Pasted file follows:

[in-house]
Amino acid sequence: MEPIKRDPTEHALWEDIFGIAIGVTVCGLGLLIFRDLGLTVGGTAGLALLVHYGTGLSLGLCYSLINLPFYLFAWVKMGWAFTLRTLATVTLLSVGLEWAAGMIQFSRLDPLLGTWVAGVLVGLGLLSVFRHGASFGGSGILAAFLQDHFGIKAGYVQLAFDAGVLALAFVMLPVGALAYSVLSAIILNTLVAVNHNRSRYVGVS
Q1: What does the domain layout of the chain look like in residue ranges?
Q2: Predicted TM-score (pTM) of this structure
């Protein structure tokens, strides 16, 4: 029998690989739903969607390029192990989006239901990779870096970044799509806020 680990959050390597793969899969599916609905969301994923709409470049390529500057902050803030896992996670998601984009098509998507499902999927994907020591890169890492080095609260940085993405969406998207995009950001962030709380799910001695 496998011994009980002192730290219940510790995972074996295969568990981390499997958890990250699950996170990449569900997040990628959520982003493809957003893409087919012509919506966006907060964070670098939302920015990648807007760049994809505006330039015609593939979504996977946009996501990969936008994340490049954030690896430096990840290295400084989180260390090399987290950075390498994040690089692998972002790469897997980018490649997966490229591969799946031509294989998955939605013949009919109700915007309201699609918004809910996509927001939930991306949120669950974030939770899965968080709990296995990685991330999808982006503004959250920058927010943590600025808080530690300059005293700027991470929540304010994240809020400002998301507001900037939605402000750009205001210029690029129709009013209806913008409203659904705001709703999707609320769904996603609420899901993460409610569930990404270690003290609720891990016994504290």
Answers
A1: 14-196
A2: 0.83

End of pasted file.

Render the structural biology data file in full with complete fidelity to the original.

[in-house]
Amino acid sequence: MEPIKRDPTEHALWEDIFGIAIGVTVCGLGLLIFRDLGLTVGGTAGLALLVHYGTGLSLGLCYSLINLPFYLFAWVKMGWAFTLRTLATVTLLSVGLEWAAGMIQFSRLDPLLGTWVAGVLVGLGLLSVFRHGASFGGSGILAAFLQDHFGIKAGYVQLAFDAGVLALAFVMLPVGALAYSVLSAIILNTLVAVNHNRSRYVGVS
Q1: What does the domain layout of the chain look like in residue ranges?
Q2: Predicted TM-score (pTM) of this structure
């Protein structure tokens, strides 16, 4: 029998690989739903969607390029192990989006239901990779870096970044799509806020 680990959050390597793969899969599916609905969301994923709409470049390529500057902050803030896992996670998601984009098509998507499902999927994907020591890169890492080095609260940085993405969406998207995009950001962030709380799910001695 496998011994009980002192730290219940510790995972074996295969568990981390499997958890990250699950996170990449569900997040990628959520982003493809957003893409087919012509919506966006907060964070670098939302920015990648807007760049994809505006330039015609593939979504996977946009996501990969936008994340490049954030690896430096990840290295400084989180260390090399987290950075390498994040690089692998972002790469897997980018490649997966490229591969799946031509294989998955939605013949009919109700915007309201699609918004809910996509927001939930991306949120669950974030939770899965968080709990296995990685991330999808982006503004959250920058927010943590600025808080530690300059005293700027991470929540304010994240809020400002998301507001900037939605402000750009205001210029690029129709009013209806913008409203659904705001709703999707609320769904996603609420899901993460409610569930990404270690003290609720891990016994504290």
Answers
A1: 14-196
A2: 0.83